Every day, there are acrobatic extravaganzas going on above our heads. Squirrels navigate remarkably complex and unpredictable environments as they leap from branch to branch, and mistakes can be fatal. These feats require a complex combination of evolved biomechanical adaptations and learned behaviors. Hunt et al. characterized the integration of these features in a series of experiments with free-living fox squirrels (see the Perspective by Adolph and Young). They found that the squirrels’ remarkable and consistent success was due to a combination of learned impulse generation when assessing the balance between distance and branch flexibility and the addition of innovative leaps and landings in the face of increasingly difficult challenges.

Science , abe5753, this issue p. [697][1]; see also abj6733, p. [620][2]

Arboreal animals often leap through complex canopies to travel and avoid predators. Their success at making split-second, potentially life-threatening decisions of biomechanical capability depends on their skillful use of acrobatic maneuvers and learning from past efforts. Here, we found that free-ranging fox squirrels ( Sciurus niger ) leaping across unfamiliar, simulated branches decided where to launch by balancing a trade-off between gap distance and branch-bending compliance. Squirrels quickly learned to modify impulse generation upon repeated leaps from unfamiliar, compliant beams. A repertoire of agile landing maneuvers enabled targeted leaping without falling. Unanticipated adaptive landing and leaping “parkour” behavior revealed an innovative solution for particularly challenging leaps. Squirrels deciding and learning how to launch and land demonstrates the synergistic roles of biomechanics and cognition in robust gap-crossing strategies.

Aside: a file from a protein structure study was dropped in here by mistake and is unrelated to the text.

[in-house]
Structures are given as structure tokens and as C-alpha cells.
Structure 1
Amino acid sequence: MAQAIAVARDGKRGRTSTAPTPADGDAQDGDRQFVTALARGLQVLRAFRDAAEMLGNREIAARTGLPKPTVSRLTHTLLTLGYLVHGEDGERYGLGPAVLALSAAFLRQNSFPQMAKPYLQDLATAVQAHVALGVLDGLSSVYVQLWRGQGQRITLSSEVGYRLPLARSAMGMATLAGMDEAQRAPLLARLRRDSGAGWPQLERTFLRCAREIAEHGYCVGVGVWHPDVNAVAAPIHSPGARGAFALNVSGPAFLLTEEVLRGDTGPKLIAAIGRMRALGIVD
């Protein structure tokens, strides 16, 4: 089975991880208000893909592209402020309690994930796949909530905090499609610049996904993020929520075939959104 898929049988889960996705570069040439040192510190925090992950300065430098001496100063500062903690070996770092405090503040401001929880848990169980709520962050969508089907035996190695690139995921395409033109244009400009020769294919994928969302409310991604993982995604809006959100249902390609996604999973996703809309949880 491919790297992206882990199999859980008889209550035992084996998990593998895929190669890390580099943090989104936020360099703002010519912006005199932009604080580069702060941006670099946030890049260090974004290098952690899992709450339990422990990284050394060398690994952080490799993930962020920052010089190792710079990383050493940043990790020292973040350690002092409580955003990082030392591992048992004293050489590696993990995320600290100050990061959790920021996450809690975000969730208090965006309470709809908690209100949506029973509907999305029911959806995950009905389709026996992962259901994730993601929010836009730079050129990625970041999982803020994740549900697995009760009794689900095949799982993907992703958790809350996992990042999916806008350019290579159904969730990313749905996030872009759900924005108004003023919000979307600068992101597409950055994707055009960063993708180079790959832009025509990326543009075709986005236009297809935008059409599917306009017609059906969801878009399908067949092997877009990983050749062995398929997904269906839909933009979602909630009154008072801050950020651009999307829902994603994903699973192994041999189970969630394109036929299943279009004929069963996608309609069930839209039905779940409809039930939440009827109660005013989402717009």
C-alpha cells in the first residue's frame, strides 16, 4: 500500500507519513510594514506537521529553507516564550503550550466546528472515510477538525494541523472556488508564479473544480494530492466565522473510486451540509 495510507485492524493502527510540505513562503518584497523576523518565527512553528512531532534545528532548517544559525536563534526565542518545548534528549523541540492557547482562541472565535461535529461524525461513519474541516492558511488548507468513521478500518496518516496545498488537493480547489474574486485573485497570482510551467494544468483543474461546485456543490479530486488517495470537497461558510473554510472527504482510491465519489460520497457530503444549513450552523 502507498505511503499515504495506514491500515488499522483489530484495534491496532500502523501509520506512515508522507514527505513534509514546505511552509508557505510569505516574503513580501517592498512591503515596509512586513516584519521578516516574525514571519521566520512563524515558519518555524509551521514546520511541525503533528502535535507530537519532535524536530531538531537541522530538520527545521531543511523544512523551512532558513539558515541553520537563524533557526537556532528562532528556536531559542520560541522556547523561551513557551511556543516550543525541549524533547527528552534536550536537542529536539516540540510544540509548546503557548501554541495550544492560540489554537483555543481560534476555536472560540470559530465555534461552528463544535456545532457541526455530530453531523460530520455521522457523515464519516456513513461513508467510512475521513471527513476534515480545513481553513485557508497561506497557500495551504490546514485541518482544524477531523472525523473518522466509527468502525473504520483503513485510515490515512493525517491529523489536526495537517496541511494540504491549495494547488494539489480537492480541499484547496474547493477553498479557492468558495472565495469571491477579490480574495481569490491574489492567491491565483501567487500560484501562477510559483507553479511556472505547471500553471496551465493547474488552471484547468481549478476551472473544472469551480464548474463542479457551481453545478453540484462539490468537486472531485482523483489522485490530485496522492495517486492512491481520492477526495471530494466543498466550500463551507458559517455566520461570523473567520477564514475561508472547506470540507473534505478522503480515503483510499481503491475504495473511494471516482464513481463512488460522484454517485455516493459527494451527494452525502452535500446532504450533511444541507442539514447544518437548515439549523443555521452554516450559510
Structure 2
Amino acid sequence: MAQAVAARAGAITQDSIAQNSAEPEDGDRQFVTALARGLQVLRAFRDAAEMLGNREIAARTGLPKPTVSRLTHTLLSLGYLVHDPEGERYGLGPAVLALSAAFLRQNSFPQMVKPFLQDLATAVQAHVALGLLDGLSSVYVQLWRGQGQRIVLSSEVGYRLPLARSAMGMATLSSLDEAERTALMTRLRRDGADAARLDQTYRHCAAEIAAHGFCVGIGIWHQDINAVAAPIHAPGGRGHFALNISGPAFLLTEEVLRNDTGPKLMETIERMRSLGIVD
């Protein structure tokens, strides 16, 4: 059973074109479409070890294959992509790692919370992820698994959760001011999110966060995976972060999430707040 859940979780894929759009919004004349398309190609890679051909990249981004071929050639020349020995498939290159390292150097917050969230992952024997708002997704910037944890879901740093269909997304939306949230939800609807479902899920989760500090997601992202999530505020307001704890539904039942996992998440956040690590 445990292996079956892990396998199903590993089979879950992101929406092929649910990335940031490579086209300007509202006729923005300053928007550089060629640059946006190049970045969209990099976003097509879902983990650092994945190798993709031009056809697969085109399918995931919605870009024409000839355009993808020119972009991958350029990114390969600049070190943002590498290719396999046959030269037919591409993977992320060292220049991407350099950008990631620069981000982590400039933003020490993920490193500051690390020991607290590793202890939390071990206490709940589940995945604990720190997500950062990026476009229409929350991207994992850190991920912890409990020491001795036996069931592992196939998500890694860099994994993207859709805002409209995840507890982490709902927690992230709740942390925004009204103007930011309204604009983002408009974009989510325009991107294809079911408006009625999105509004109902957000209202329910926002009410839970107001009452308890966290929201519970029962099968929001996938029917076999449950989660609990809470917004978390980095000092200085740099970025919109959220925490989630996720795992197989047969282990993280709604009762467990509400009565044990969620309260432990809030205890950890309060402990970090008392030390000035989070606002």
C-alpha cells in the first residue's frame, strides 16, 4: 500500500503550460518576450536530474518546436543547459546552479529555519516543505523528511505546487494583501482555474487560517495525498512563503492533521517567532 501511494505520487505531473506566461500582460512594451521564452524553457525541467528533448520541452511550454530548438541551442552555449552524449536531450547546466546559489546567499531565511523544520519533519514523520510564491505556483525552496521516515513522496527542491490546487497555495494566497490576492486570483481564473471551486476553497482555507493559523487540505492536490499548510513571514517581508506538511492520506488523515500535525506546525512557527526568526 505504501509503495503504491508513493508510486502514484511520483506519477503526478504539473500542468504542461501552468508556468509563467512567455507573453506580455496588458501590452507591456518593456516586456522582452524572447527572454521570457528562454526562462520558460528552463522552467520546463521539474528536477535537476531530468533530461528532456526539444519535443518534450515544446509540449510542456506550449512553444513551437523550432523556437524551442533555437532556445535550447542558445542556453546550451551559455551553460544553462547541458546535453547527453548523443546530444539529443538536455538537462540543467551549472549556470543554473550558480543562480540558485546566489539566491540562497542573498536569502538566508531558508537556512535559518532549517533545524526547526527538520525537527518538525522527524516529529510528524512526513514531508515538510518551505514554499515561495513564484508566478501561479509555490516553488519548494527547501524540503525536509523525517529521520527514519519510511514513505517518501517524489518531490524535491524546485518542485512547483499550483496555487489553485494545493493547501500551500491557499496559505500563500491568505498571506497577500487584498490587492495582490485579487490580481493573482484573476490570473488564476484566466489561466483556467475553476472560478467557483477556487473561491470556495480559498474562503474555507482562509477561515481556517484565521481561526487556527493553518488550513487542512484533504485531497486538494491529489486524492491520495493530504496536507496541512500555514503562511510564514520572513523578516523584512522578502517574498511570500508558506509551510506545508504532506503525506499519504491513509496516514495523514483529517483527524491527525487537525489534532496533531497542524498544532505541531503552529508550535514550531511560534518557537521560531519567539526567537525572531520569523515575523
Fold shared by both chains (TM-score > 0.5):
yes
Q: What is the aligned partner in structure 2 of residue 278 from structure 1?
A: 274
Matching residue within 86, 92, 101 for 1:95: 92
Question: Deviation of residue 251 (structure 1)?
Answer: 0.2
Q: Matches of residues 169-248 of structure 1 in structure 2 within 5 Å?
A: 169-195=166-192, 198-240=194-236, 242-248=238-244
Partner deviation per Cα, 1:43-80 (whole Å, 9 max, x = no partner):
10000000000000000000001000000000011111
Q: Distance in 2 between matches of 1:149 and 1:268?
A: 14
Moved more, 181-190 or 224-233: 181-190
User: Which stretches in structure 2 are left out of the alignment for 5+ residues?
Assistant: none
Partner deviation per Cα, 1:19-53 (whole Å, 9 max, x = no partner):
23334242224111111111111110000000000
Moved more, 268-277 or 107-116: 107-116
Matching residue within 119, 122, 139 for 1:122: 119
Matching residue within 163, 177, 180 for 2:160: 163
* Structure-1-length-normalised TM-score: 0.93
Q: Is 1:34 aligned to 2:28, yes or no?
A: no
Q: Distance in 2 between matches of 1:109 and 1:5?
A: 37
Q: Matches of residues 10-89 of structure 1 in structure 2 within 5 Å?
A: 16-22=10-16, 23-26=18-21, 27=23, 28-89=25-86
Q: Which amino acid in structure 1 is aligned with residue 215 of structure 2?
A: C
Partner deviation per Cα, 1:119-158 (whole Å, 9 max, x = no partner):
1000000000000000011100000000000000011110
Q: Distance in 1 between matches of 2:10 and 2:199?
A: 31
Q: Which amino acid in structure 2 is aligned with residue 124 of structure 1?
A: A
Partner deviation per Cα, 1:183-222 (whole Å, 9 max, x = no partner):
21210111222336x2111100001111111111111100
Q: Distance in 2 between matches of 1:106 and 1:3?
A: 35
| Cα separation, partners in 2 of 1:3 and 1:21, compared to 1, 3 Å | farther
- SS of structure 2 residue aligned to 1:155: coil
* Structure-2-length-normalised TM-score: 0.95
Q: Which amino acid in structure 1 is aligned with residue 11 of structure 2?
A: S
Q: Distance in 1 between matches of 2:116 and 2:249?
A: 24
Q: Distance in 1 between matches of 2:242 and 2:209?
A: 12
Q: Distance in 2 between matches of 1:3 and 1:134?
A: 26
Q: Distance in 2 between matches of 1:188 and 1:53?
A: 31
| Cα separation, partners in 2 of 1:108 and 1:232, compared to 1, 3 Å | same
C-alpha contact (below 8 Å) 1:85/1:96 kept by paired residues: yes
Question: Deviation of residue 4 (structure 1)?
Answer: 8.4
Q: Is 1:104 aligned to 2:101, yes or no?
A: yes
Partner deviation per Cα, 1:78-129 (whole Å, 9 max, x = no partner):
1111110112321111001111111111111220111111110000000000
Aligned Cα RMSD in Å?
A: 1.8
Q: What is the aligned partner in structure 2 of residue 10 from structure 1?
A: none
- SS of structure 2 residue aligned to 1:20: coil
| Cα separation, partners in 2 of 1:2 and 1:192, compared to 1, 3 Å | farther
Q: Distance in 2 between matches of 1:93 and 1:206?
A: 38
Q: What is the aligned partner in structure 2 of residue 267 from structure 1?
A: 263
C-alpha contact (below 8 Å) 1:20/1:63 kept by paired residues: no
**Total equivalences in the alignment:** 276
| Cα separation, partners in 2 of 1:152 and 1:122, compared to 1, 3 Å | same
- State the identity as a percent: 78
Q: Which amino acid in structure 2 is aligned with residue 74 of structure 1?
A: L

[1]: /lookup/doi/10.1126/science.abe5753
[2]: /lookup/doi/10.1126/science.abj6733